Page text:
Exploring Relationships between Two Quantitative Variables n Example: Data reported by the organization for Economic Development and Cooperation on its 29 member nations in 1998. n n Per capita gross domestic product is on x-axis Per capita health care expenditures is on y-axis.
Exploring Relationships between Two Quantitative Variables n We can describe the overall pattern of scatter plot by n n n Form or shape Direction strength
Exploring Relationships between Two Quantitative Variables n Form or shape n n The form shown by the scatter plot is linear if the points lie in a straight-line pattern. Strength n The relation ship is strong if the points lie close to a line, with little scatter.
Exploring Relationships between Two Quantitative Variables n Direction n Positive and negative association n n Two variables are positively associated when aboveaverage values of one variable tend to occur in individuals with above average values for the other variable, and below average values of both also tend to occur together. Two variable are negatively associated when above average values for one tend to occur in subjects with below average values of the other, and vice-versa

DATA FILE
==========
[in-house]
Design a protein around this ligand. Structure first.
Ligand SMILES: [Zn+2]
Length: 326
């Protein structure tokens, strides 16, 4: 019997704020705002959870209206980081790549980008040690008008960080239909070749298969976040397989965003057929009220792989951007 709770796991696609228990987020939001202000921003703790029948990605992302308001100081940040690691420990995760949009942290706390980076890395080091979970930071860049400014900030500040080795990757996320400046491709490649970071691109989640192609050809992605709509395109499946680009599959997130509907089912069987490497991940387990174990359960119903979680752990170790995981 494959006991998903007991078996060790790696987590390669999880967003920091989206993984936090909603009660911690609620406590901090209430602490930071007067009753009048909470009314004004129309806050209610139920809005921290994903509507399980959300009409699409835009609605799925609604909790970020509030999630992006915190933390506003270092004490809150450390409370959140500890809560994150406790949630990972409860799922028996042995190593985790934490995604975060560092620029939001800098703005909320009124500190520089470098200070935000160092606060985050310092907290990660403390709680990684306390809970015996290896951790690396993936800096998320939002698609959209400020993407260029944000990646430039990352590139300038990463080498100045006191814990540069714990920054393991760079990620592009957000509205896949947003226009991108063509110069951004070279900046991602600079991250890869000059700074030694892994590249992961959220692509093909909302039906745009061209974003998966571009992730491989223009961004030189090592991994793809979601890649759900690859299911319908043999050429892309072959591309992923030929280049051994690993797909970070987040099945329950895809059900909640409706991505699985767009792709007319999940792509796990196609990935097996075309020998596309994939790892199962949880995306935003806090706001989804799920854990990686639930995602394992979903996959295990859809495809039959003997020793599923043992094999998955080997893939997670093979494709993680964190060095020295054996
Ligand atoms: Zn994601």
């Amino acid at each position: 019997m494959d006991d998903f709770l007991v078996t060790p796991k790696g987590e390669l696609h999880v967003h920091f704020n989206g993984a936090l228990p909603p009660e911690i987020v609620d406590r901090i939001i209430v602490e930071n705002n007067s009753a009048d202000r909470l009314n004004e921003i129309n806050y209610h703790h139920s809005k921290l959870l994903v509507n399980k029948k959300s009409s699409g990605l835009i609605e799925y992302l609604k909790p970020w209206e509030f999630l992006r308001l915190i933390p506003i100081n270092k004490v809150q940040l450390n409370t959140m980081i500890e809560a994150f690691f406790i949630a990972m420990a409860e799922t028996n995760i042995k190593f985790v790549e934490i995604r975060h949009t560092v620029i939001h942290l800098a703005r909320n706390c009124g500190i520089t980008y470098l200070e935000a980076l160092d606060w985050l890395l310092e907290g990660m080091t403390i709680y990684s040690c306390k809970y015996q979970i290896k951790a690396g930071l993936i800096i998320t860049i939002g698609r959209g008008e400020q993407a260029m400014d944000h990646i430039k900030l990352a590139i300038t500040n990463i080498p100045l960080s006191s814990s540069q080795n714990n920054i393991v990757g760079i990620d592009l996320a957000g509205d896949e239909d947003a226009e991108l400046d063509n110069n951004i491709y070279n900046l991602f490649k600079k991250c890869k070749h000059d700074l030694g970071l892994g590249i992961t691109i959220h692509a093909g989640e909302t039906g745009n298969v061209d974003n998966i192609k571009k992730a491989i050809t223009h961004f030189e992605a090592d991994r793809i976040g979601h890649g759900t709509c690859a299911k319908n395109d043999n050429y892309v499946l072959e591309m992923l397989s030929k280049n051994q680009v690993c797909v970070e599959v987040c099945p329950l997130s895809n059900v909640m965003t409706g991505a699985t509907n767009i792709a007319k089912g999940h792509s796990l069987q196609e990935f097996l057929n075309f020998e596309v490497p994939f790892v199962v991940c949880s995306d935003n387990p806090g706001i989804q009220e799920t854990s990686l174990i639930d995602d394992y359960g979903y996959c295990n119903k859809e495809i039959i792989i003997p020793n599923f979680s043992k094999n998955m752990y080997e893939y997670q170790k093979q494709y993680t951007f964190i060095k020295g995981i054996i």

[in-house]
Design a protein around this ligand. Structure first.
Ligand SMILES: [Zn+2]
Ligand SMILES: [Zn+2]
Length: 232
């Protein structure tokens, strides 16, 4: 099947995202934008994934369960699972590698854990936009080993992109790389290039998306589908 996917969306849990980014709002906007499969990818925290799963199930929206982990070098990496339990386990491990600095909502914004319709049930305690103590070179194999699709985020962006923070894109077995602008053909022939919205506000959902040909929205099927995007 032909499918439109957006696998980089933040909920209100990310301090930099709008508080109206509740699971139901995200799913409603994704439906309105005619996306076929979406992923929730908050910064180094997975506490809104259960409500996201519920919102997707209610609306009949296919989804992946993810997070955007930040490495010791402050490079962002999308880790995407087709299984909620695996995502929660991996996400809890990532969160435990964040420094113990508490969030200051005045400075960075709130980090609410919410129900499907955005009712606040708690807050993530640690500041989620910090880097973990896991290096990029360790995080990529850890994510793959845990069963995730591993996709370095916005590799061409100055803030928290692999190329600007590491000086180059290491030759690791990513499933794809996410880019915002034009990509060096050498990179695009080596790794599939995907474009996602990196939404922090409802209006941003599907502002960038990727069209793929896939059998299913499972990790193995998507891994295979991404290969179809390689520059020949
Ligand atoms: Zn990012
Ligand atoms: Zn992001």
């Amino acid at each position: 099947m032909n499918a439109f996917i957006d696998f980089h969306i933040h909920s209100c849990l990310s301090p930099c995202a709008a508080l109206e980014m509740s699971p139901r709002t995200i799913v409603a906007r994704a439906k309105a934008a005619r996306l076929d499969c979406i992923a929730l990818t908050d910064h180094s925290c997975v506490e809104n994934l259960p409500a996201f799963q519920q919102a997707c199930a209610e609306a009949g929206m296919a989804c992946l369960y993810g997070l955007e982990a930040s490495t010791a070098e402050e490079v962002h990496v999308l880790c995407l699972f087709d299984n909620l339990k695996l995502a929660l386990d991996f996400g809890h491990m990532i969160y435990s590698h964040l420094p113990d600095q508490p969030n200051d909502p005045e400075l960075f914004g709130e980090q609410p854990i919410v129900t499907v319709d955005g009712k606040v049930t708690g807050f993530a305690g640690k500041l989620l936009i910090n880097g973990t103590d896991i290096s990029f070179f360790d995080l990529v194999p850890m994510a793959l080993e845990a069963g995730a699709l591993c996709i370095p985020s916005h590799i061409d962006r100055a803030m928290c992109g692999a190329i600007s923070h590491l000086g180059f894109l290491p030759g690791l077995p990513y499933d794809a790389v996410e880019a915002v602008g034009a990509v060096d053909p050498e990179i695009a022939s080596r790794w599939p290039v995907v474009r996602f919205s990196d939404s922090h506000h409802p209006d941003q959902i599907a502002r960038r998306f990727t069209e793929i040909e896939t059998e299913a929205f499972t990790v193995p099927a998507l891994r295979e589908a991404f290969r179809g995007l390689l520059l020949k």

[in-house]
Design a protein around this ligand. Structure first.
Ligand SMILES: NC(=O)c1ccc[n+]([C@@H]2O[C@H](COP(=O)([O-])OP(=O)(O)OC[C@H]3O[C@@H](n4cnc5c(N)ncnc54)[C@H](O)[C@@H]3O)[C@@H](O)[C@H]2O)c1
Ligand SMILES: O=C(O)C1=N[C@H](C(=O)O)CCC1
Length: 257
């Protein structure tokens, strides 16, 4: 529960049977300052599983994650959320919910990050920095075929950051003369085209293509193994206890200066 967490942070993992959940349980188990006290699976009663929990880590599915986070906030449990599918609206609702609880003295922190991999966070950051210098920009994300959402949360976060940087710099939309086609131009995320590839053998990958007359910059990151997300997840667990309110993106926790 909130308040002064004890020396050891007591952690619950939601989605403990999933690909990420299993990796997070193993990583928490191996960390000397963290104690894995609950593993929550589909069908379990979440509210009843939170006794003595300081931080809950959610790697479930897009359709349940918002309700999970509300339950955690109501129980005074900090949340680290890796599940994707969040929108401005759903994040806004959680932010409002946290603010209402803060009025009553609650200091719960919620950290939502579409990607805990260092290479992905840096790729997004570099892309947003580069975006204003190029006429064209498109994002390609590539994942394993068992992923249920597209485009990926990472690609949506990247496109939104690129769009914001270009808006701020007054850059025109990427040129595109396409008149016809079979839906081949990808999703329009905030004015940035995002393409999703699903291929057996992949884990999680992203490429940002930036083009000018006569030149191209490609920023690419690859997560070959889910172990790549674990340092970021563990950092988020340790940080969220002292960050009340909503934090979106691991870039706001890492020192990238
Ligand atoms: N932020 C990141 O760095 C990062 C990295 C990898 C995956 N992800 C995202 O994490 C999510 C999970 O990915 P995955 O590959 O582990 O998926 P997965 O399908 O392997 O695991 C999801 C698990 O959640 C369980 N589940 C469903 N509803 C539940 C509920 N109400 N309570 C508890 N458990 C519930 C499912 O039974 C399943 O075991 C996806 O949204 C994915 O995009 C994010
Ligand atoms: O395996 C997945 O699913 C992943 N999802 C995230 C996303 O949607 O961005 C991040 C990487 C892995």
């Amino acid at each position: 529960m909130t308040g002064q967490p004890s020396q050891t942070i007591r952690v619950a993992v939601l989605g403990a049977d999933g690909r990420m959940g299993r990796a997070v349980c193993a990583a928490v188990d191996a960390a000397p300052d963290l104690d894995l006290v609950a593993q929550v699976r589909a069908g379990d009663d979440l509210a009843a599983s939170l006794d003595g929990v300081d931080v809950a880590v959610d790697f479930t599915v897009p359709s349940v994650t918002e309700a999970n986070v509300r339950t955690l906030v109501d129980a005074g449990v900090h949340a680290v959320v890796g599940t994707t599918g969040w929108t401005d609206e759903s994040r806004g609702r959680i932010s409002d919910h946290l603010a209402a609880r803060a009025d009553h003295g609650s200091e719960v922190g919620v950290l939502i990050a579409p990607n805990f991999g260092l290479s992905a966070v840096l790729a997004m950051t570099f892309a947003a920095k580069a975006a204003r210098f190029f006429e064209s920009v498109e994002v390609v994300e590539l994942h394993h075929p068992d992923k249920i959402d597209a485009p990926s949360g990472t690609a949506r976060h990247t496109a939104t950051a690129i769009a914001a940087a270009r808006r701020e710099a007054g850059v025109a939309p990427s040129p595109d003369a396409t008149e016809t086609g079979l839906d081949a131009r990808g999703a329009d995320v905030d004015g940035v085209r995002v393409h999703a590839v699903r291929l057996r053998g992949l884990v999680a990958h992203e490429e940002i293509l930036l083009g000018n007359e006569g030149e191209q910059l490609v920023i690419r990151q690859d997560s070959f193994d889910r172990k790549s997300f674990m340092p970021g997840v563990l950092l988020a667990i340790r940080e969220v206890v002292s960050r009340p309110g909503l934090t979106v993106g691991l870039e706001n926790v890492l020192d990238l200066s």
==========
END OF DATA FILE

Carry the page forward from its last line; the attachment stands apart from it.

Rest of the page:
Exploring Relationships between Two Quantitative Variables n Per capita health care example n n “subjects” studied are countries Form of relationship is roughly linear The direction is positive The relationship is strong.
Correlation n It is often useful to have a measure of degree of association between two variables. For example, you may believe that sales may be affected by expenditures on advertising, and want to measure the degree of association between sales and advertising. n n Correlation coefficient is a numeric measure of the direction and strength of linear relationship between two continuous variables The notation for sample correlation coefficient is r.
Correlation n There are several alternative ways to write the algebraic expression for the correlation coefficient. The following is one. n n n X and Y represent the two variables of interest. For example advertising and sales or per capita gross domestic product, and per capita health care expenditure. n is the number of subjects in the sample The notation for population correlation coefficient is .